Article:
28
Aug
07

The IK economy

A primary focus of my blog contributions is to promote the concept of the indigenous knowledge economy.

Observations in terms of the current debate of indigenous related policy is that the closest resemblence to this policy idea is Professor Jon Altman’s concept of the ‘hydra’ or ‘hybrid’ economy (Professor Altman has written extensively about this subject, but for a glimpse see here). 

A description of the ‘hybrid’ economy merges the customary practices of indigenous peoples to labour market activity, either supported by government or open markets or a combination of both. 

An example offered by Professor Altman is Sea Rangers in Arnhem land who use their knowledge of land to survey coastal waters in search of illegal vessels.  The idea is that there are distinct social (and economic) benefits that arise as a result of this merge.

Over the coming months and years I will offer increments of opinion as to why a strategic policy approach to the indigenous knowledge economy is a worthy ideal.   

Whilst there are many overlaps with the ‘hybrid’ economy description, a strategic approach to the indigenous knowledge economy targets the ‘interface’ between indigenous knowledge and the broader dominant society.  The ‘interface’ is that body of knowledge that connects both traditional forms of knowledge and contemporary knowledge necessary as a result of the dominant societiel tenets.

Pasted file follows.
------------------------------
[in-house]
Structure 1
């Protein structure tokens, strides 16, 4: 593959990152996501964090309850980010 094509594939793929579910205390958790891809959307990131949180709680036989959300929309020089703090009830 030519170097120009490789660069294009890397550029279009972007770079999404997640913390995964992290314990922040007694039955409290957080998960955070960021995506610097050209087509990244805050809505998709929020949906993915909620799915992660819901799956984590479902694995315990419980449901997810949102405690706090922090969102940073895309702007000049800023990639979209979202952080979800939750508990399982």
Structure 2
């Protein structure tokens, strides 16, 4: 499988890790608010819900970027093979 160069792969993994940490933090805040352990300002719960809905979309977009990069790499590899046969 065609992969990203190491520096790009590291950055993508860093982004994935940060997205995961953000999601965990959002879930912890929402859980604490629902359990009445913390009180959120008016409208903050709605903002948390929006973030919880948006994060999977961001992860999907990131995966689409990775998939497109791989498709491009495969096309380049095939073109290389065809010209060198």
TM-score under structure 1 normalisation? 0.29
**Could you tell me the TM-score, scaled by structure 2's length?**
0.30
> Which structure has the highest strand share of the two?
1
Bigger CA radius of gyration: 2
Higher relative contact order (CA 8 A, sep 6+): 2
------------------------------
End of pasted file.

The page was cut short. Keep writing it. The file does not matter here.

Labour market activity supported by open markets and government can identify an appropriate mix between valuing traditional forms of indigenous knowledge and ‘interface’ knowledge.  Government investment is a tool to leverage this mix.  

An example of the ‘interface’ approach is an Aboriginal health worker who is effective in terms of using her links in a community for the purpose of informing individuals and families about contemporary health diagnosis and treatment.  Her community links are a deposit of traditional forms of knowledge, and her knowledge of contemporary health diagnosis and treatment are deposited by ‘interface’ properties. 

The Sea Ranger description above merges traditional  knowledge of land and place plus knowledge and skills in the use of boats, helicoptors and monitoring technology.  

An artist painting canvass conducts that activity almost exclusive to traditional knowledge, but engages the ‘interface’ approach in terms of marketing or selling the product.   

Exploring the concept of the indigenous knowledge economy opens up many possibilities, but for now I want to introduce this concept to provoke thought and analysis amongst readers.

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